“My dream is to have Virginia be the model for the nation that can make this stop, or at least reduce the accidents,” he said.

Under federal law, if a trailer weighs more than 3,000 pounds, it’s supposed to have brakes that initiate when it becomes unhitched. Melancon says that regulation isn’t being enforced.

That was the case in a fatal crash in Chesterfield County in 2005.

Elaine Decker, 51, of Midlothian, was traveling westbound on Hull Street Road in her Cadillac when she was stuck by an unhinged homemade trailer. She died at the scene.

Benjamin Frazer, driver of the 2003 Ford F-250 pickup truck hauling the trailer, was charged with reckless driving and several other equipment-related charges after the incident, according to a statement released by the Chesterfield County police department about a week after the crash.

The trailer that killed Decker was above the weight limit required for a state inspection and working brake system, but lacked both, according to a crash reconstruction team from VCU’s transportation training safety center, which analyzed the incident.

Constructed in 1985, the homemade, steel, flat-bed trailer was composed of parts from a mechanical automobile lift and two axles from a mobile home.

The truck it was connected to was too high off the ground for the connecting mechanism to work properly, but crash investigators noted that the trailer’s “coupler” may have been defective before the crash and therefore would not have worked on a normal vehicle either.

The crash occurred when the hitch and coupler separated, putting the entire weight of the trailer on a small, metal clip connected to a worn-out chain.

“The clip failed, releasing the chains and allowing the trailer to become a freewheeling, uncontrolled projectile,” investigators noted.

Trailers are required to have working tail and brake lights, and if they exceed 3,000 pounds, they must receive a state inspection and have brakes.

In this case, brakes were installed on the trailer’s front wheels, but they weren’t connected to the electrical harness, rendering them useless. Neither was there an emergency breakaway system as required by law. Because it was equipped with brakes, this trailer was required to be inspected but did not display any plates or inspection sticker.

“During a cursory visual inspection while driving by, an officer could have easily identified a minimum of five potential violations,” investigators noted.

Virginia’s Department of Motor Vehicles requires homemade trailers to be registered and licensed. A police officer must inspect the trailer to ensure its Vehicle Identification Number to enable the process to title and register the trailer. However, crash investigators noted that “homemade trailers … do not have to demonstrate that they are roadworthy or safe in any general sense in order to be titled or registered.”

Investigators also noted in their summary of the crash that state code was silent regarding design of utility trailers.

“This is 2013; it’s still silent,” Melancon said.

“Cops will give me a ticket for not wearing a seat belt in my car to protect me against me, but they’ll let a person tow a homemade trailer in front of me that can kill me,” he added.

Melancon says certain politicians, government bureaucrats and special interests in the transportation industry are unwilling to challenge the status quo and push for safer trailers.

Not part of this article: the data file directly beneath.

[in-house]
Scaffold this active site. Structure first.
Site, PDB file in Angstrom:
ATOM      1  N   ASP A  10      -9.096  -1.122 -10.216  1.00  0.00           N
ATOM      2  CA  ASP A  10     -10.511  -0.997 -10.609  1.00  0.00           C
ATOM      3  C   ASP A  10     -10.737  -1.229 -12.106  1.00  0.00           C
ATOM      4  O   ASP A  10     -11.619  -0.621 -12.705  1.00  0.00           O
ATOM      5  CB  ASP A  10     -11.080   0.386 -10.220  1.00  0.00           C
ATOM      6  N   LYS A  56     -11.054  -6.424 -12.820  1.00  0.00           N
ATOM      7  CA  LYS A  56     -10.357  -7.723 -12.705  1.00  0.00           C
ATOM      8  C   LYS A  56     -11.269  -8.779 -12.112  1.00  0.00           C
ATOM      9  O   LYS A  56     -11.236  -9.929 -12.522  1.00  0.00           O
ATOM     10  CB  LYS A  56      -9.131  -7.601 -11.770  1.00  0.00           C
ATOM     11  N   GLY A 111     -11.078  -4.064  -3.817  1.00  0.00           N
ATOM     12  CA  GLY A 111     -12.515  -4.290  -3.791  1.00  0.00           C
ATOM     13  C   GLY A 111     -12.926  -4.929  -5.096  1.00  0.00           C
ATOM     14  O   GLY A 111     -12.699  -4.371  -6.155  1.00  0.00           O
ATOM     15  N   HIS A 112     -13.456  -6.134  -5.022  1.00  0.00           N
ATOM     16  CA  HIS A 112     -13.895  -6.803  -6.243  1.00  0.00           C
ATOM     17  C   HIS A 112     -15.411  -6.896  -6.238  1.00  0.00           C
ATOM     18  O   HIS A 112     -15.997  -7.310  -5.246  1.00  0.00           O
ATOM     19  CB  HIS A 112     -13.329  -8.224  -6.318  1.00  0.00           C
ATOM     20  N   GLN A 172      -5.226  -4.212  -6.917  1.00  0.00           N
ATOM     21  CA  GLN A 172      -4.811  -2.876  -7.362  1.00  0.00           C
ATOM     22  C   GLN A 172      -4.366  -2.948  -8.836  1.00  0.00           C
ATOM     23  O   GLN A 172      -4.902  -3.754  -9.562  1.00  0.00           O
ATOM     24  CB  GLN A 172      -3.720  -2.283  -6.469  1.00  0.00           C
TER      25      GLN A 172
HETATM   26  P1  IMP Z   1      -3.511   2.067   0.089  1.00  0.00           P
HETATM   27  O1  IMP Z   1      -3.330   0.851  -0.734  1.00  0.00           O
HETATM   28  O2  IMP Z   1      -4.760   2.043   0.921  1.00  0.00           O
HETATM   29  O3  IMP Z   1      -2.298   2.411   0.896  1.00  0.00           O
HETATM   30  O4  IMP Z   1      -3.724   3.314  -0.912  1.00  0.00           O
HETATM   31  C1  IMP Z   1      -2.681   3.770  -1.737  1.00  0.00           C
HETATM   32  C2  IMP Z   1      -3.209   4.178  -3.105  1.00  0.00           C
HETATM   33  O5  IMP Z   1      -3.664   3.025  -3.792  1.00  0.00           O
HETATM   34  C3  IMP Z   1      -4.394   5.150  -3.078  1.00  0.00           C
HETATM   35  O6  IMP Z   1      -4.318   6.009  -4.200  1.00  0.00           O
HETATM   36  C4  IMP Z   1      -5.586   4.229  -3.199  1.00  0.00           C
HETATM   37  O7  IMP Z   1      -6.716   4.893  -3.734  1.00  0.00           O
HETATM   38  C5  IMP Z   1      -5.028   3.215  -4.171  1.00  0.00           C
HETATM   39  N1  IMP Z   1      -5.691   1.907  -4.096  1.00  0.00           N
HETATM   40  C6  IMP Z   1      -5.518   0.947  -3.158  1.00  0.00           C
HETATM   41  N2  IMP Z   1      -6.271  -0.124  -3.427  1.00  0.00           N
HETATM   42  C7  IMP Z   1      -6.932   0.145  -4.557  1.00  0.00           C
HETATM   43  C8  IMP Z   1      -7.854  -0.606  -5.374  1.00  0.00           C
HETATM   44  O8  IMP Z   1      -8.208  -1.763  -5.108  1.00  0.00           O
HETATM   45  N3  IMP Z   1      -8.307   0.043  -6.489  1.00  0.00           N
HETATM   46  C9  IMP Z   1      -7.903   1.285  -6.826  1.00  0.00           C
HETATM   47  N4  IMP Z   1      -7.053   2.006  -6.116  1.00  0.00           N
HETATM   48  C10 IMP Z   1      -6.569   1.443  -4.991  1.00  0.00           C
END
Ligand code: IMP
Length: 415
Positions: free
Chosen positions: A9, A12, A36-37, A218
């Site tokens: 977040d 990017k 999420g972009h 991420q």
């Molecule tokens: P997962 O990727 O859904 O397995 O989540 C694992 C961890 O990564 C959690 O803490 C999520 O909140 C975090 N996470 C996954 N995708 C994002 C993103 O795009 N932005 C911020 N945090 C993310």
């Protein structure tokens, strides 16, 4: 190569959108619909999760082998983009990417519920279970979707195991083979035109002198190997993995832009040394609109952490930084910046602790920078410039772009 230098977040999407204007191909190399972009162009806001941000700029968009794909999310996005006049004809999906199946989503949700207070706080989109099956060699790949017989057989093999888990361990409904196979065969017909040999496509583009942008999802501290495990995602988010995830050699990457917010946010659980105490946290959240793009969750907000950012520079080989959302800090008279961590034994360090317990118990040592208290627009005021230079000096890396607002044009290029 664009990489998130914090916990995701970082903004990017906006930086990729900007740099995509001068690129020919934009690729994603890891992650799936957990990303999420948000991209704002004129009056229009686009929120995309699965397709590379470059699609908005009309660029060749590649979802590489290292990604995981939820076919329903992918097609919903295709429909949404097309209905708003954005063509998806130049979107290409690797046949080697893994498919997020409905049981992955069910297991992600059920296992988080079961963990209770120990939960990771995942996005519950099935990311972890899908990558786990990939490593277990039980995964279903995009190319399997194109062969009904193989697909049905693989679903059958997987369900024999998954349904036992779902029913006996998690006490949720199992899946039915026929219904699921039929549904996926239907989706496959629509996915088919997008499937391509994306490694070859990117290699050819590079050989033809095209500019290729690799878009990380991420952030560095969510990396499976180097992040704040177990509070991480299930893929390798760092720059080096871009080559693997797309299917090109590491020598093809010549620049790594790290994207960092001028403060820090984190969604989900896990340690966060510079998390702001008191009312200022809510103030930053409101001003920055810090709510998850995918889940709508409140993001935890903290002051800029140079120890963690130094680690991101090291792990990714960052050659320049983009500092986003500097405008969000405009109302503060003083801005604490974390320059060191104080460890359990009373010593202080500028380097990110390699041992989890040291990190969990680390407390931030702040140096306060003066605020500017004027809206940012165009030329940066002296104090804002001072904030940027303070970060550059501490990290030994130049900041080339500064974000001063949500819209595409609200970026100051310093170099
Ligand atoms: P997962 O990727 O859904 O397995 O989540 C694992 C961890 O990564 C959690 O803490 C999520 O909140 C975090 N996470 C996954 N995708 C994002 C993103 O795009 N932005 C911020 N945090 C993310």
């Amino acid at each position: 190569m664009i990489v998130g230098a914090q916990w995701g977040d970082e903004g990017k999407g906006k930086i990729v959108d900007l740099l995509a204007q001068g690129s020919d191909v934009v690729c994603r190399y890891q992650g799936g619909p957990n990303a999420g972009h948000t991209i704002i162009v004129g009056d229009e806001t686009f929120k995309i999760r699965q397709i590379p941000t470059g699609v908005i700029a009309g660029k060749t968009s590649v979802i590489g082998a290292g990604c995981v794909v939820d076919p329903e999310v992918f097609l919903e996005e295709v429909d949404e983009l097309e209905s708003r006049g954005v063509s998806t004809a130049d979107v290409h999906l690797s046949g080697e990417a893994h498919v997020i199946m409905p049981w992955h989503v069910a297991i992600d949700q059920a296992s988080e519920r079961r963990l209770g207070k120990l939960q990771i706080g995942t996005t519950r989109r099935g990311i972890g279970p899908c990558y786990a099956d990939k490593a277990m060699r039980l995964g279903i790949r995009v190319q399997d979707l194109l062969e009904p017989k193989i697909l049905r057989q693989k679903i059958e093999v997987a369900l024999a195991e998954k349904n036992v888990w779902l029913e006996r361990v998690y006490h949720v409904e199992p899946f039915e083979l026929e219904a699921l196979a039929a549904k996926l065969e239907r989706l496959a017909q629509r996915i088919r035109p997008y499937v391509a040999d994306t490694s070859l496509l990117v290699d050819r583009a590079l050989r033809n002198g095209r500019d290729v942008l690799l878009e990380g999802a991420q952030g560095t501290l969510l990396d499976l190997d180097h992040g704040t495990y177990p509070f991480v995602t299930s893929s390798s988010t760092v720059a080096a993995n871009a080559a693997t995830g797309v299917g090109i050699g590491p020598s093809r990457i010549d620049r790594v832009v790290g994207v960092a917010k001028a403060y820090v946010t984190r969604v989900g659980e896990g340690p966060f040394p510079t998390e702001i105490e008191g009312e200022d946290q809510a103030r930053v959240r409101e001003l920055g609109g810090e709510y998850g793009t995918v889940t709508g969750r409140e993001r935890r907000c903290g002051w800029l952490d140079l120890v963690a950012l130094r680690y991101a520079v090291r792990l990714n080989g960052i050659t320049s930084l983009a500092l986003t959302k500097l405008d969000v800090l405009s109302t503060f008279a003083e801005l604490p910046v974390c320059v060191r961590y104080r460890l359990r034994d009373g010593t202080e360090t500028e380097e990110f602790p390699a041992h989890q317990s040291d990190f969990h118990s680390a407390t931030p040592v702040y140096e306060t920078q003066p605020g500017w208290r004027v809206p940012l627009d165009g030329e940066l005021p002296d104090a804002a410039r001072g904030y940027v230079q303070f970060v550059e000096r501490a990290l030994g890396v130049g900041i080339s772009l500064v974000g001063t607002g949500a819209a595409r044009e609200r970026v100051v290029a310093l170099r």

He said the thinking is the halls of power is: “If you’re a politician, if you have regulations, you’re going to hurt jobs. ‘We’re going to have to lay off people; a trailer’s going to have to cost more money.’ ”

Melancon has contacted the office of U.S. Rep. Eric Cantor of Henrico County. Melancon would like the House majority leader to help pass a federal statute about trailer safety.

But Melancon said no new legislation pertaining to trailer safety is on the horizon nationally or in Virginia. He’s currently in the midst of writing a book on how to make sure trailers are working safely. Melancon says people will be able to download the book for free from his website. His goal? Saving lives.

 More on this story

1 in 3 traffic deaths in Virginia involves alcohol

Details on trailer deaths by state

How we analyzed the FARS database

Browse: Home / Computer-assisted reporting, Transportation / How we analyzed the FARS database

How we analyzed the FARS database

December 15, 2013

The data used for this story originated from the National Highway Traffic Safety Administration’s Fatality Analysis Reporting System. The federal agency releases the FARS data a little more than a year after it’s collected. The zipped files come in a .dbf format and were massive, almost 70 megabytes; therefore, they needed to be imported into Microsoft Access to handle the large file size.

Once imported, we were faced with the reality that the entire data set was coded. We assumed this was a residual effort to save space since FARS has been documenting all traffic incidents since 1975, a time when computer memory was a modicum of what it is today. So, in response, we used census data to decode the FIPS-coded states by linking the two tables in Access’ Query Design Wizard in order to begin sorting the information.

Once decoded, we were strictly interested in accident-related trailer fatalities and deaths along with total fatal traffic accidents and deaths. We accomplished this feat using Access’ Query Wizard and, without too many issues, were able to query the data for each year (the above steps had to be repeated for each data set since FARS, naturally, only releases one year at a time).

To ease our query efforts for each data set, we created a decoded table for all fatal trailer-related accidents and deaths for the country for each year. From that table, we were simply able to query and total fatal accidents and deaths by state.

The information was then transferred into Microsoft Excel to ease the sorting, filtering, and subsequent totaling tasks (percent change, etc.) needed to put the data into perspective for the story.

— Lee Francis and Mike Waldron